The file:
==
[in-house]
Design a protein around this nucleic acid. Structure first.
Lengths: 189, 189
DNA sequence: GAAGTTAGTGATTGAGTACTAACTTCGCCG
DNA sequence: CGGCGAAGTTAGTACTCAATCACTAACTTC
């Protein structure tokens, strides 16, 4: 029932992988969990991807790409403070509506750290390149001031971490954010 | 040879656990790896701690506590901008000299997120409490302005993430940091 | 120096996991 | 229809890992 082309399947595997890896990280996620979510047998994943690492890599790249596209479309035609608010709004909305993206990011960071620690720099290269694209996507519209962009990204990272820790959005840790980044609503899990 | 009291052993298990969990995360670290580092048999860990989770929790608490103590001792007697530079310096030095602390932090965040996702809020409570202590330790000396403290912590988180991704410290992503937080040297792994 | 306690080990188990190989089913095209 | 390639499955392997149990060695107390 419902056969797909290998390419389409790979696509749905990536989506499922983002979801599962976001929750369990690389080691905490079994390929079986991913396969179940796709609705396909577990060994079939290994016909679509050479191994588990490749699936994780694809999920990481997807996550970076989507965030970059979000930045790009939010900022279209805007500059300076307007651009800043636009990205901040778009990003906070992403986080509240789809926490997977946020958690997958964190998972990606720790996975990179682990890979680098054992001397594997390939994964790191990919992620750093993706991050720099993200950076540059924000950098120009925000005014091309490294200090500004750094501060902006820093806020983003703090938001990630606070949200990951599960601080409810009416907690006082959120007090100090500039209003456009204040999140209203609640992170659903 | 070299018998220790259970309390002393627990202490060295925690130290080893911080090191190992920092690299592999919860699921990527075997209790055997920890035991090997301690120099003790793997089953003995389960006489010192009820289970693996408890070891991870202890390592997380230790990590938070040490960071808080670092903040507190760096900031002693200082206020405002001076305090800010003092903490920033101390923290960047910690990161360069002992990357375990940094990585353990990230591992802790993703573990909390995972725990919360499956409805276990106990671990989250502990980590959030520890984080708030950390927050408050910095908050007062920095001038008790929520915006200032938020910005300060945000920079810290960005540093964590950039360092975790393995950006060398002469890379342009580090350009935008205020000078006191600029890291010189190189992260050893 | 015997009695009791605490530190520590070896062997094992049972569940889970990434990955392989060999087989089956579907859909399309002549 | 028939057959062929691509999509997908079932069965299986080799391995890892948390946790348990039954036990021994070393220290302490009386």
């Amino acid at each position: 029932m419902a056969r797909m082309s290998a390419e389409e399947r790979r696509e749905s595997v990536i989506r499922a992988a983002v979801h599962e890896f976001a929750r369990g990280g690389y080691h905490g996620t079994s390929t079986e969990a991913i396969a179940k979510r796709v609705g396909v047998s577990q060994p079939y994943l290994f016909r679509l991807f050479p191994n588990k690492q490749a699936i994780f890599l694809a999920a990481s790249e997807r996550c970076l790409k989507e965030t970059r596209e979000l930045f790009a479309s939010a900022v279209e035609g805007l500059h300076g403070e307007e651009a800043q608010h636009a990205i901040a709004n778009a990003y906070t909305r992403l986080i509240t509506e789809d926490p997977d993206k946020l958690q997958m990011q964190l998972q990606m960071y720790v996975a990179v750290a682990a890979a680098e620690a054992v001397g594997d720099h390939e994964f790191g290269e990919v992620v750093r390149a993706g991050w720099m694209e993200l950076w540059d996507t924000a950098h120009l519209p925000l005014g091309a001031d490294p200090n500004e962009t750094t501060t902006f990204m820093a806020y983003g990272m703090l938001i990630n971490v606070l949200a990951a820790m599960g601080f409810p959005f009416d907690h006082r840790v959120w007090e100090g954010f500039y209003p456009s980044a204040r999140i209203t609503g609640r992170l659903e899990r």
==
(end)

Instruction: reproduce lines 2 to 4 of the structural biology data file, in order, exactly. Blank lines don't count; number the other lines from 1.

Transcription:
Design a protein around this nucleic acid. Structure first.
Lengths: 189, 189
DNA sequence: GAAGTTAGTGATTGAGTACTAACTTCGCCG